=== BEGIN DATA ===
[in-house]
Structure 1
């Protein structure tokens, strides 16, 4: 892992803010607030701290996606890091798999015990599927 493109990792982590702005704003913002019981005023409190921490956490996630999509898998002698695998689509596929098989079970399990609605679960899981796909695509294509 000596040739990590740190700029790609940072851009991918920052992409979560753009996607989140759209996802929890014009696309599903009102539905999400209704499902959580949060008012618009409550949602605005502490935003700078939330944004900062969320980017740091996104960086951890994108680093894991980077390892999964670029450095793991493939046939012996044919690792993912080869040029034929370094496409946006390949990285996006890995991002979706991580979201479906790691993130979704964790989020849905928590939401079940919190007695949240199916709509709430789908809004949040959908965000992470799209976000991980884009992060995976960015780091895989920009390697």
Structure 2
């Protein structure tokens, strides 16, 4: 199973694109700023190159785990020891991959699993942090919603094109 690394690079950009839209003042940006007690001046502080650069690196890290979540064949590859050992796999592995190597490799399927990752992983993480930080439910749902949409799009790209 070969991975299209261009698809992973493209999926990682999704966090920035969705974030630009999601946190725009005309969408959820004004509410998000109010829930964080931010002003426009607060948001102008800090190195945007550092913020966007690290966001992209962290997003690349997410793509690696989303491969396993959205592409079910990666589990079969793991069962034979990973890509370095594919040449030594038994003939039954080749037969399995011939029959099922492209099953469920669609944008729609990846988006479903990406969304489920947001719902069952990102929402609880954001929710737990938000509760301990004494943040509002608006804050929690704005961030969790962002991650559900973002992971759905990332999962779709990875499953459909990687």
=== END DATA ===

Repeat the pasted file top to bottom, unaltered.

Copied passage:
[in-house]
Structure 1
């Protein structure tokens, strides 16, 4: 892992803010607030701290996606890091798999015990599927 493109990792982590702005704003913002019981005023409190921490956490996630999509898998002698695998689509596929098989079970399990609605679960899981796909695509294509 000596040739990590740190700029790609940072851009991918920052992409979560753009996607989140759209996802929890014009696309599903009102539905999400209704499902959580949060008012618009409550949602605005502490935003700078939330944004900062969320980017740091996104960086951890994108680093894991980077390892999964670029450095793991493939046939012996044919690792993912080869040029034929370094496409946006390949990285996006890995991002979706991580979201479906790691993130979704964790989020849905928590939401079940919190007695949240199916709509709430789908809004949040959908965000992470799209976000991980884009992060995976960015780091895989920009390697």
Structure 2
């Protein structure tokens, strides 16, 4: 199973694109700023190159785990020891991959699993942090919603094109 690394690079950009839209003042940006007690001046502080650069690196890290979540064949590859050992796999592995190597490799399927990752992983993480930080439910749902949409799009790209 070969991975299209261009698809992973493209999926990682999704966090920035969705974030630009999601946190725009005309969408959820004004509410998000109010829930964080931010002003426009607060948001102008800090190195945007550092913020966007690290966001992209962290997003690349997410793509690696989303491969396993959205592409079910990666589990079969793991069962034979990973890509370095594919040449030594038994003939039954080749037969399995011939029959099922492209099953469920669609944008729609990846988006479903990406969304489920947001719902069952990102929402609880954001929710737990938000509760301990004494943040509002608006804050929690704005961030969790962002991650559900973002992971759905990332999962779709990875499953459909990687």